Deepest night, Montana. An eerie light proclaims the arrival of a mysterious watcher in the woods. And one solitary man begins a desperate battle against something unknown--and unknowable.
Broad daylight, Los Angeles. An ordinary morning erupts in cataclysmic violence. A young family is shattered in a heartbeat.
Fate will lead this family to an isolated Montana ranch, but their sanctuary will become their worst nightmare. For there they will face a chillingly ruthless enemy, from which no one--living or dead--is safe.
A brush with death prompts L.A. policeman Jack McGarvey to move wife Heather and son Toby up to Quartermass Ranch, a Montana estate bequeathed to them by Eduardo Fernandez, the father of Jack's former partner. The McGarveys settle in, dismissing strange noises and smells, as well as weird trances that seem to grip Toby from time to time, as the embodiment of common fears of urbanites confronted by open spaces. It seems Eduardo had had uninvited visitors: the Givers, creatures from another dimension who came for an incomprehensible, apparently evil purpose. Scared out of his wits, Ed succumbed to a heart attack, but not before scrawling his discovery on a legal pad and stashing it in the freezer. These Givers are actually takers, assuming control of bodies and corpses to use them as vehicles in which to create mayhem. And now they want control of Toby. Bestselling author Koontz ( Hideaway ) exploits and occasionally skewers many horror novel and film conventions--including telepathic mind control games and the obligatory "surprise" blizzard during the climatic battle--to great effect while building tension in this gripping parable about the real cost of "getting away from it all."
Copyright 1994 Reed Business Information, Inc. --This text refers to an out of print or unavailable edition of this title.
-- PUBLISHERS WEEKLY.
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January 29, 2001
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Excerpt from Winter Moon by Dean Koontz
Death was driving an emerald-green Lexus. It pulled off the street, passed the four self-service pumps, and stopped in one of the two full-service lanes.
Standing in front of the station, Jack McGarvey noticed the car but not the driver. Even under a bruised and swollen sky that hid the sun, the Lexus gleamed like a jewel, a sleek and lustrous machine. The windows were darkly tinted, so he couldn't have seen the driver clearly even if he had tried.
As a thirty-two-year-old cop with a wife, a child, and a big mortgage, Jack had no prospects of buying an expensive luxury car, but he didn't envy the owner of the Lexus. He often remembered his dad's admonition that envy was mental theft. If you coveted another man's possessions, Dad said, then you should be willing to take on his responsibilities, heartaches, and troubles along with his money.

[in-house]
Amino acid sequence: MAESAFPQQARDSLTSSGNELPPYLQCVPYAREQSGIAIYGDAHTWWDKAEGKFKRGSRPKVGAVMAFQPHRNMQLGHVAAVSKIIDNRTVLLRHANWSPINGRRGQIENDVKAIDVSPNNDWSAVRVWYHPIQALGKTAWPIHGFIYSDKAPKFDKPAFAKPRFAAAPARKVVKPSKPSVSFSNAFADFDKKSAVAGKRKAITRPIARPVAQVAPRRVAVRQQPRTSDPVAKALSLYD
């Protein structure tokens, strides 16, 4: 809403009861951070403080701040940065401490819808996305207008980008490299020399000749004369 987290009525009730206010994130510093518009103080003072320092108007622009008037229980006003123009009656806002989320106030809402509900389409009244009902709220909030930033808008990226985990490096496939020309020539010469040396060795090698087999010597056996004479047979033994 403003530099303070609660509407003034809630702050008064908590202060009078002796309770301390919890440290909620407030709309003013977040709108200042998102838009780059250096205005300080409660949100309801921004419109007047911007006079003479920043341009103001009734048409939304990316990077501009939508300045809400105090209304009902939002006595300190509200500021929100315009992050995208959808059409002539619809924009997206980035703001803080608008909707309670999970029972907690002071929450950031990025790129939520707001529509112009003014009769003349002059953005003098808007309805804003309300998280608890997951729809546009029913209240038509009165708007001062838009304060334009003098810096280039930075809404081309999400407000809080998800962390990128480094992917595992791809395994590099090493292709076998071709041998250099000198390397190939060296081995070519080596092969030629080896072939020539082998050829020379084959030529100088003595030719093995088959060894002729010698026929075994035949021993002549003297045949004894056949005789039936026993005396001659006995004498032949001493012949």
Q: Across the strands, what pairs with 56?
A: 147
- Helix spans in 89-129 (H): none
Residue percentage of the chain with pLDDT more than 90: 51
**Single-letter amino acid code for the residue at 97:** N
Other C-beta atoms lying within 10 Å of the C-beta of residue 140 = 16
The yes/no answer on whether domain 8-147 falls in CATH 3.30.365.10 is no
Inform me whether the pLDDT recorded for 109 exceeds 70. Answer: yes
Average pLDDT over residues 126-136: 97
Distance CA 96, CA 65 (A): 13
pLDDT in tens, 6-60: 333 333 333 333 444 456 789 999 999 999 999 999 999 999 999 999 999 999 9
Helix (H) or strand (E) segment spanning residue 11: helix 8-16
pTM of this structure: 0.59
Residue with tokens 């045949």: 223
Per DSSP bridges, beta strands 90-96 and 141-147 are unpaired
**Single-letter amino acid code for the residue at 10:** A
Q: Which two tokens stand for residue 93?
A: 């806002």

He stared at the car for a moment, admiring it as he might a priceless painting at the Getty Museum or a first edition of a James M. Cain novel in a pristine dust jacket--with no strong desire to possess it, taking pleasure merely from the fact of its existence.
In a society that often seemed to be spinning toward anarchy, where ugliness and decay made new inroads every day, his spirits were lifted by any proof that the hands of men and women were capable of producing things of beauty and quality. The Lexus, of course, was an import, designed and manufactured on foreign shores; however, it was the entire human species that seemed damned, not just his countrymen, and evidence of standards and dedication was heartening regardless of where he found it.
An attendant in a gray uniform hurried out of the office and approached the gleaming car, and Jack gave his full attention, once more, to Hassam Arkadian.
"My station is an island of cleanliness in a filthy sea, an eye of sanity in a storm of madness," Arkadian said, speaking earnestly, unaware of sounding melodramatic.
He was slender, about forty, with dark hair and a neatly trimmed mustache. The creases in the legs of his gray cotton work pants were knife-sharp, and his matching work shirt and jacket were immaculate.
"I had the aluminum siding and the brick treated with a new sealant," he said, indicating the facade of the service station with a sweep of his arm. "Paint won't stick to it. Not even metallic paint. Wasn't cheap. But now when these gang kids or crazy-stupid taggers come around at night and spray their trash all over the walls, we scrub it off, scrub it right off the next morning."
With his meticulous grooming, singular intensity, and quick slender hands, Arkadian might have been a surgeon about to begin his workday in an operating theater. He was, instead, the owner-operator of the service station.
"Do you know," he said incredulously, "there are professors who have written books on the value of graffiti? The value of graffiti? The value?"
"They call it street art," said Luther Bryson, Jack's partner.
Arkadian gazed up disbelievingly at the towering black cop. "You think what these punks do is art?"
"Hey, no, not me," Luther said.
At six three and two hundred ten pounds, he was three inches taller than Jack and forty pounds heavier, with maybe eight inches and seventy pounds on Arkadian. Though he was a good partner and a good man, his granite face seemed incapable of the flexibility required for a smile. His deeply set eyes were unwaveringly forthright. My Malcolm X glare, he called it. With or without his uniform, Luther Bryson could intimidate anyone from the Pope to a purse snatcher.
He wasn't using the glare now, wasn't trying to intimidate Arkadian, was in complete agreement with him. "Not me. I'm just saying that's what the candy-ass crowd calls it. Street art."
The service-station owner said, "These are professors. Educated men and women. Doctors of art and literature.